Hi! I have a 2D array x. I can access its elements by using “1D indexing” (e.g. x[3]) or “2D indexing” (e.g. x[3, 1]). Question: given an integer i that could be used as a 1D index, how to retrieve the 2D indexes r, c that would access the same element of x (i.e. x[i] == x[r, c] is true)?

Here is a function that does what I am looking for using divrem, though I wonder if there exists built-in functions or more elegant alternatives.

function index1d_to_index2d(x::AbstractArray, index::Int64)::Tuple{Int64,Int64}
n_rows = size(x)[1]
q, r = divrem(index, n_rows)
if r == 0
return n_rows, q
else
return r, q + 1
end
end

Test code:

x = rand(7, 10)
for i in 1:length(x)
r, c = index1d_to_index2d(x, i)
@assert x[i] == x[r, c]
end

julia> function mutx!(x)
CI = CartesianIndices(size(x))
for i in eachindex(x)
r = CI[i][1]
c = CI[i][2]
x[r,c] += 1
end
end
mutx! (generic function with 1 method)
julia> @btime mutx!(x) setup=(x=zeros(10,10))
332.971 ns (0 allocations: 0 bytes)

That is slower than running over the indexes directly, though:

julia> function mutx2!(x)
for j in 1:size(x,2)
for i in 1:size(x,1)
x[i,j] += 1
end
end
end
mutx2! (generic function with 1 method)
julia> @btime mutx2!(x) setup=(x=zeros(10,10))
51.810 ns (0 allocations: 0 bytes)

(probably that doesn’t matter for loops doing something more meaningful at each iteration, but maybe someone has something to comment on this).

julia> function mutx!(x)
CI = CartesianIndices(size(x))
for i in eachindex(x)
r = CI[i][1]
c = CI[i][2]
x[r,c] += 1
end
end
mutx! (generic function with 1 method)
julia> function mutx2!(x)
for j in 1:size(x,2)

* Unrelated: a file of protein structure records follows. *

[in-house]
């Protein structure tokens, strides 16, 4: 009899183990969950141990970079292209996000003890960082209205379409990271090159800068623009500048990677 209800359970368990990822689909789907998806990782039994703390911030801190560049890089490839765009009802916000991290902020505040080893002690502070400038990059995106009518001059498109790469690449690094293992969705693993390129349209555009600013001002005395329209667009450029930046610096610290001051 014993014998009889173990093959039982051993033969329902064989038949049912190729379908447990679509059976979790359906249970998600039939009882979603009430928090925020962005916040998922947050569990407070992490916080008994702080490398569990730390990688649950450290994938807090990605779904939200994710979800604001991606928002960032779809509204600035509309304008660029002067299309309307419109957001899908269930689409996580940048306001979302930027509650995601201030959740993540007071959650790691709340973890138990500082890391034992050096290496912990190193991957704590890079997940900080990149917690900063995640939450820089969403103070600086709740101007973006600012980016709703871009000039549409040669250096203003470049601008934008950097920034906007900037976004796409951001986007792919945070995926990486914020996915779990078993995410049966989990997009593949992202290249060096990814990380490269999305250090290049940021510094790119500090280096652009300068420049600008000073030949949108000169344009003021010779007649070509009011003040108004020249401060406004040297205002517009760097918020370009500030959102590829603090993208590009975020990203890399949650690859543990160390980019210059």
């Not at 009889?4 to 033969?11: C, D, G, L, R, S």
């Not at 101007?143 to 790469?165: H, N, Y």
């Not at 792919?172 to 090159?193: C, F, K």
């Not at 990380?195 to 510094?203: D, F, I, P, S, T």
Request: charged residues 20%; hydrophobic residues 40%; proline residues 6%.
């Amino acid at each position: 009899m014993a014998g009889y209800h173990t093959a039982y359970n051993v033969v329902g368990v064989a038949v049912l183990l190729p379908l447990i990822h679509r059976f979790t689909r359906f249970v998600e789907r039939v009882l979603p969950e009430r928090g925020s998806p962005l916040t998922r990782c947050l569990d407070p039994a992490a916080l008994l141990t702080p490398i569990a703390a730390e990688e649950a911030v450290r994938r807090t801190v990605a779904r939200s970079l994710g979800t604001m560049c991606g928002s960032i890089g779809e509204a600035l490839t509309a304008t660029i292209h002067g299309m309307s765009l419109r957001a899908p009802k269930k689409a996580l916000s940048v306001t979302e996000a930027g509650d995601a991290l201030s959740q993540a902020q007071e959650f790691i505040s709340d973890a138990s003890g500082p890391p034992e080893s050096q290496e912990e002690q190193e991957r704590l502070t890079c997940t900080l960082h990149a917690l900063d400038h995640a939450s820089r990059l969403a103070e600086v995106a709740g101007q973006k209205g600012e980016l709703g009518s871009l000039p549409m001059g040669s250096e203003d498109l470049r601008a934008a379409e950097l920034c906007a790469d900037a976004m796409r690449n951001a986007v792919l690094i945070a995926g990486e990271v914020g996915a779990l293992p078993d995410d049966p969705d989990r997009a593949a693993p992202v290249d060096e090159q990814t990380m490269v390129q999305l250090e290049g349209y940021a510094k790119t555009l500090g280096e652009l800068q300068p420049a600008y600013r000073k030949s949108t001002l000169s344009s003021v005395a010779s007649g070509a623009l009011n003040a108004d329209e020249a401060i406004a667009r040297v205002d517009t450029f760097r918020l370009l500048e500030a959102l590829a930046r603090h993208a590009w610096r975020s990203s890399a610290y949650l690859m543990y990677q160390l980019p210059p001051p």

for i in 1:size(x,1)
x[i,j] += 1
end
end
end
mutx2! (generic function with 1 method)
julia> function mutx3!(x)
for i in CartesianIndices(x)
x[i] += 1
end
end
mutx3! (generic function with 1 method)
julia> function mutx4!(x)
CI = CartesianIndices(size(x))
for i in CI
x[i] += 1
end
end
mutx4! (generic function with 1 method)
julia> @btime mutx!(x) setup=(x=zeros(10,10))
276.409 ns (0 allocations: 0 bytes)
julia> @btime mutx2!(x) setup=(x=zeros(10,10))
45.005 ns (0 allocations: 0 bytes)
julia> @btime mutx3!(x) setup=(x=zeros(10,10))
42.740 ns (0 allocations: 0 bytes)
julia> @btime mutx4!(x) setup=(x=zeros(10,10))
42.757 ns (0 allocations: 0 bytes)

julia> function mutx!(x)
for pair in CartesianIndices(x)
i = pair[1]
j = pair[2]
x[i,j] += 1
end
end
mutx! (generic function with 1 method)
julia> @btime mutx!(x) setup=(x=zeros(10,10))
47.928 ns (0 allocations: 0 bytes)

the slowness comes from not iterating over the CartesianIndexes.

Probably. I guess that overhead will always exist if one tries to iterate over indices that do not comprise necessarily all Cartesian indices, thus having to actually compute the indices (and then the miracle I was referring to starts to make sense).

The fact that the overhead exists if one iterates over eachindex(x) is something that could possibly be solved by a compiler optimization, but it does not.